Skip to main content

Preventing Imperiled Sea Turtles from Drowning in Fishing Nets

A green sea turtle rests on a Kona beach.

A green sea turtle rests on a Kona beach.

Jay Bo / Shutterstock

What’s at Stake

There are only seven species of sea turtles in the world, and all sea turtles found in U.S. waters are protected by the Endangered Species Act.

The exemption is expected to cause the greatest harm to Kemp’s ridley sea turtles — the most critically endangered sea turtle — which swim throughout the Gulf and gather en masse to nest in Mexico and the Texas coast each year.

Overview

Conservation groups filed a lawsuit to prevent sea turtles from drowning when they get caught in shrimp trawl nets in the Gulf of Mexico and southeast Atlantic. The lawsuit was filed in the U.S. District Court for the District of Columbia.

The suit challenges a Trump administration rule on key protective gear called turtle excluder devices (TEDs) on shrimp boats. Turtle excluder devices have been required — and successfully used — on many fishing vessels for decades to help sea turtles escape when they get swept into shrimp trawler nets.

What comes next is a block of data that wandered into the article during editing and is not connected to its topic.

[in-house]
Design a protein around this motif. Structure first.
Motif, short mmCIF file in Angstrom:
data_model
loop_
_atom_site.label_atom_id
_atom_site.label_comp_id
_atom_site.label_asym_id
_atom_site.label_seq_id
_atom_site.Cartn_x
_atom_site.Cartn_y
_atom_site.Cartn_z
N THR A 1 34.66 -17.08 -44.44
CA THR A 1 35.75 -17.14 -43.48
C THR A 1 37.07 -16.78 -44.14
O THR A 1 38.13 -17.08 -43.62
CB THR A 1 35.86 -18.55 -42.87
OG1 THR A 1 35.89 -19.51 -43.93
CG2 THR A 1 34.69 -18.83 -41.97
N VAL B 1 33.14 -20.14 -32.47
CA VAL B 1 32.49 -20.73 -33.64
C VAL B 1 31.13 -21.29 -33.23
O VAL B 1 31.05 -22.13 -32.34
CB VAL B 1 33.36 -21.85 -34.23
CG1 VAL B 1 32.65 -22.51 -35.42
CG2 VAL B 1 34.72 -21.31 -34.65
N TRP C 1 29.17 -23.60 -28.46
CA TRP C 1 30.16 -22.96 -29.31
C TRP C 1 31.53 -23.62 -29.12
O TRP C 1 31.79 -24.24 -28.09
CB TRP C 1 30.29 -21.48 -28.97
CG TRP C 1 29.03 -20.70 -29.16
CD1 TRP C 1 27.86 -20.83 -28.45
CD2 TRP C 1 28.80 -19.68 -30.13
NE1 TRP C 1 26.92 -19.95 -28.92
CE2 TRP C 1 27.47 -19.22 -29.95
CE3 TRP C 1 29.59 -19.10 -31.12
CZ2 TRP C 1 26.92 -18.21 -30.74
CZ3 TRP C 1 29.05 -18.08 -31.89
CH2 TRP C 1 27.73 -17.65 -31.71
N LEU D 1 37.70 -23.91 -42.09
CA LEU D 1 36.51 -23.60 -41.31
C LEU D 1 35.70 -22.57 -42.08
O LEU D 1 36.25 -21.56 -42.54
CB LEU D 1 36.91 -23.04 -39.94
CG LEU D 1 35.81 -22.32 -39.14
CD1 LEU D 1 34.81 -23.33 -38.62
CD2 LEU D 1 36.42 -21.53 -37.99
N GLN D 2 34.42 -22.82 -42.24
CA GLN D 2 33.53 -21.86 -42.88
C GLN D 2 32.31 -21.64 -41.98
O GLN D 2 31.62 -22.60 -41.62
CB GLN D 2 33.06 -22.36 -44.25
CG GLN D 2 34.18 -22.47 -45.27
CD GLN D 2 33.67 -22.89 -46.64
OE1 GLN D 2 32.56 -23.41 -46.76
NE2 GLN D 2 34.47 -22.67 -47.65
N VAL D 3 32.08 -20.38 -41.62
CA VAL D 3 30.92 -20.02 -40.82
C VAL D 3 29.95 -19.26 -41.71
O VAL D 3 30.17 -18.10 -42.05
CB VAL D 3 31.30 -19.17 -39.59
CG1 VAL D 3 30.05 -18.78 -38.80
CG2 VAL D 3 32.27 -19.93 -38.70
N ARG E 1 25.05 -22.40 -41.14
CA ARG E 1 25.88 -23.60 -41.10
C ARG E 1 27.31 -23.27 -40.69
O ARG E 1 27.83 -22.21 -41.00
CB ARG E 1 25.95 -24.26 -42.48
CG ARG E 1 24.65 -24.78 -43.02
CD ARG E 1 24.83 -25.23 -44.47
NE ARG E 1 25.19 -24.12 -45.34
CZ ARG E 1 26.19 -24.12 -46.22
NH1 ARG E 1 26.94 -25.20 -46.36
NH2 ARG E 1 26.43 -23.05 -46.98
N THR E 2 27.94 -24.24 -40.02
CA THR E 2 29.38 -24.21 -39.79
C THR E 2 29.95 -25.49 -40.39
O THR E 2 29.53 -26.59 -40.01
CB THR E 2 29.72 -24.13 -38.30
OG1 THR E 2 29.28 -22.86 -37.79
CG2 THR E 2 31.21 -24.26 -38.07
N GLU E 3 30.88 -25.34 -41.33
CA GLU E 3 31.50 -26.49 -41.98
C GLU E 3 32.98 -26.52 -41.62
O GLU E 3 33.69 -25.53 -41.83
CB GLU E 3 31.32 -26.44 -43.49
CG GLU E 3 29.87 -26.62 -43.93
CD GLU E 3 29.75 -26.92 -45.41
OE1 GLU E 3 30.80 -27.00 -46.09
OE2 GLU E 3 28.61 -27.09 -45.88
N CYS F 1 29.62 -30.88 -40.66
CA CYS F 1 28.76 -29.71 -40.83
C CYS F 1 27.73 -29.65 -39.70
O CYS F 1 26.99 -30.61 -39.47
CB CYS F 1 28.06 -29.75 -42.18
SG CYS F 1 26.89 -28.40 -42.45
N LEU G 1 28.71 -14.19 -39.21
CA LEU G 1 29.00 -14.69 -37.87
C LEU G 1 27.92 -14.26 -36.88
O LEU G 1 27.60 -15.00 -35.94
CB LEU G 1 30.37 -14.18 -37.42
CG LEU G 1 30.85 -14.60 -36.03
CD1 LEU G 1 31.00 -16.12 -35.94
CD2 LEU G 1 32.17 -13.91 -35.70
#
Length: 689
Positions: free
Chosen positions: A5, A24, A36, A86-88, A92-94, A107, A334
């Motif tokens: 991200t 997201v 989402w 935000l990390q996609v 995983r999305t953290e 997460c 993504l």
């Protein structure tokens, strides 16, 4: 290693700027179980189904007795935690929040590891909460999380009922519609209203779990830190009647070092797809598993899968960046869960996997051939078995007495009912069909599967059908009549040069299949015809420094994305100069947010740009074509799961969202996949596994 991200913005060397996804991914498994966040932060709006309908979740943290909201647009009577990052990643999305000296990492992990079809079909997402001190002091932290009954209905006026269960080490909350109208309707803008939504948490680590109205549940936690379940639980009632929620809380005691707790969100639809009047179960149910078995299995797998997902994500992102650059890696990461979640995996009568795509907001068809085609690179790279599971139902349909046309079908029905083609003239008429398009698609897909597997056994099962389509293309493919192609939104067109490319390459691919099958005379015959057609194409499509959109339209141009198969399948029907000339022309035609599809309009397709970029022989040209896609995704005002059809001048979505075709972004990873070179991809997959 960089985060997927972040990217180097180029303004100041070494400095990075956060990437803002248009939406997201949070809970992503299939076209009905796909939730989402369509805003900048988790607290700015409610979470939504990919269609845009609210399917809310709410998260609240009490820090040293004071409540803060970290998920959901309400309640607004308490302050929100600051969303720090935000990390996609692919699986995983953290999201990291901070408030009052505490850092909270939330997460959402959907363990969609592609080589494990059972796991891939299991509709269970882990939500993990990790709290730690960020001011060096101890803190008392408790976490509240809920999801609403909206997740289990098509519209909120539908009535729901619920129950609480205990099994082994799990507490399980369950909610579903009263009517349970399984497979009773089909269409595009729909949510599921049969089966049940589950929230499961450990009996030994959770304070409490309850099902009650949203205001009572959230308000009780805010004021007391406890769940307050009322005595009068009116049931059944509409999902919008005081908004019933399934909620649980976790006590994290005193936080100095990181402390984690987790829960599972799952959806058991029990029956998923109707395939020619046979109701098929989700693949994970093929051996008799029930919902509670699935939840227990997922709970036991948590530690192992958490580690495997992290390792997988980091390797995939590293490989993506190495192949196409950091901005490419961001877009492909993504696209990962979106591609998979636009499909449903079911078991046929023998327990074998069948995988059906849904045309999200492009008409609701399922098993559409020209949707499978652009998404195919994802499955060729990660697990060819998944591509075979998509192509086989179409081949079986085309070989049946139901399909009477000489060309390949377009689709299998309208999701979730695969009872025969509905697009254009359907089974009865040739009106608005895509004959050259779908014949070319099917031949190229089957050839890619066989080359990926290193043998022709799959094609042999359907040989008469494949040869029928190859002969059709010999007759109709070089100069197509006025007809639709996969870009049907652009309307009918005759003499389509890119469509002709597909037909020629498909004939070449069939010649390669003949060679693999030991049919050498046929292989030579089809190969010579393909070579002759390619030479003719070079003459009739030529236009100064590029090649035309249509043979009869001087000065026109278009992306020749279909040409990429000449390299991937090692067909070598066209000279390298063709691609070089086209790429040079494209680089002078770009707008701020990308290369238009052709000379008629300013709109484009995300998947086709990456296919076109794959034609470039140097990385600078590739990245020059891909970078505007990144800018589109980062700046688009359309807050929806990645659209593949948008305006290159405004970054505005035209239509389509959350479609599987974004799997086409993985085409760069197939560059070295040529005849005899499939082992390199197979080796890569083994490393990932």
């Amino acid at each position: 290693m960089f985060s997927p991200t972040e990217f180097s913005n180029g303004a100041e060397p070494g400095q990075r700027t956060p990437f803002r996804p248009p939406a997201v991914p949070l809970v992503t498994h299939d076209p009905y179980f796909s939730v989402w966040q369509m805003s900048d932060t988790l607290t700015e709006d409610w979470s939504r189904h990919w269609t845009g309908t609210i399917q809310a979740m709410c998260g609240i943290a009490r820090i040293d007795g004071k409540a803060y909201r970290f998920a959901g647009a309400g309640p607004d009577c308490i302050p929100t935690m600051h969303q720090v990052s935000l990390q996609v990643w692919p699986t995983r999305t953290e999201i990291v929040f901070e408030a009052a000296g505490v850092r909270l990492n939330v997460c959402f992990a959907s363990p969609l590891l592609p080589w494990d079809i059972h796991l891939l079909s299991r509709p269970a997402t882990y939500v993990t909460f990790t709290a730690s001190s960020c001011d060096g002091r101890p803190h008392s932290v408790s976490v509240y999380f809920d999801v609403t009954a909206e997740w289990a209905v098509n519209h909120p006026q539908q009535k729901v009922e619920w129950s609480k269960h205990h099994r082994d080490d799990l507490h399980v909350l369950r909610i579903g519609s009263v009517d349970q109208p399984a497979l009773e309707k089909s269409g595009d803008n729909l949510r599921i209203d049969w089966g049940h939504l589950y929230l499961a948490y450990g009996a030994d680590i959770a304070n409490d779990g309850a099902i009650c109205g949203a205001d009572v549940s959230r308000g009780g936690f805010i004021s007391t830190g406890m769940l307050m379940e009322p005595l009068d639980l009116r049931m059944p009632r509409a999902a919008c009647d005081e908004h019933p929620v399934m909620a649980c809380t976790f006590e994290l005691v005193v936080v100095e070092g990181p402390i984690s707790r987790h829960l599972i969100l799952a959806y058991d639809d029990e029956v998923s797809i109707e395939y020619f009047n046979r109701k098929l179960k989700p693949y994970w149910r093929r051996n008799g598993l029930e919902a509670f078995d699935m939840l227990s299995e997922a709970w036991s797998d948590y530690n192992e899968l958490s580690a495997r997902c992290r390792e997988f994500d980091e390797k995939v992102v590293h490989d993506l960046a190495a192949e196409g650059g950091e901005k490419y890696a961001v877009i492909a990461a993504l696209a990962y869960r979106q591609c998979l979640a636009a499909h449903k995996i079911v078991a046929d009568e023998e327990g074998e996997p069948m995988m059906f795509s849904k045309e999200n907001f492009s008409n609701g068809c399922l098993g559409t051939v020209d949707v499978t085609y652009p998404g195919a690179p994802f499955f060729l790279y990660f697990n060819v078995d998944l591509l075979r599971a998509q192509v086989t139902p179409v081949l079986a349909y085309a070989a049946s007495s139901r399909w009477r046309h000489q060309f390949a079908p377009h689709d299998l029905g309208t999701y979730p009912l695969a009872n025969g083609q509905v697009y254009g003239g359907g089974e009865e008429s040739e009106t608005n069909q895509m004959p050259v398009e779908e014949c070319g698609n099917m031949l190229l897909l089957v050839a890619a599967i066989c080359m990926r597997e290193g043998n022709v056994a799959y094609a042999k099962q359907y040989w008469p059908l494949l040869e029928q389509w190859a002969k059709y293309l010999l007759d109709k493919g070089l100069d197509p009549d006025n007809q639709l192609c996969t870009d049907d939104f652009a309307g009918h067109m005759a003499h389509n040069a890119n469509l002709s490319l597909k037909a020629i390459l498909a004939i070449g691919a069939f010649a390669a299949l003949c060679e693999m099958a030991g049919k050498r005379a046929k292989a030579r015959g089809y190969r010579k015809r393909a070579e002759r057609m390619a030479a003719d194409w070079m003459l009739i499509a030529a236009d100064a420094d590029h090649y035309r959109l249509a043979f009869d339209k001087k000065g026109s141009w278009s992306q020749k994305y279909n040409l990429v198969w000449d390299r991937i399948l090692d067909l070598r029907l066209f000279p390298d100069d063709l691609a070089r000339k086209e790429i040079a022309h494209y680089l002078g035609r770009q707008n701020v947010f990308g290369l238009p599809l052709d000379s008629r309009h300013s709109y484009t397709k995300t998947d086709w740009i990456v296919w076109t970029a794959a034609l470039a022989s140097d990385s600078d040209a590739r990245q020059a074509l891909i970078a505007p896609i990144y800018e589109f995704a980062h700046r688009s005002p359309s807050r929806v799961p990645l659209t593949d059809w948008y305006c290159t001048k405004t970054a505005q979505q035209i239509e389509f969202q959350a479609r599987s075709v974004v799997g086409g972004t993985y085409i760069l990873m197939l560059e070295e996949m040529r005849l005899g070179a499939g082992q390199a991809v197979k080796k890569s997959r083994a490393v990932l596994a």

In 2019, the Trump administration exempted a significant number of shrimp trawlers in the Gulf of Mexico and South Atlantic from the requirement to use turtle excluder devices. The federal rule exempts vessels that are smaller than 40 feet — as well as those that use certain gear types — from using turtle excluder devices.

In the legal filing, the groups ask the court to reverse the Trump administration decision. The new rule ignored the best available science and backtracked on a much stronger proposed rule from the Obama administration. The Trump administration’s rule could more than double the number of sea turtles killed each year. The Fisheries Service estimates the exemption will lead to an estimated 1,300 preventable sea turtle deaths each year.

Case Updates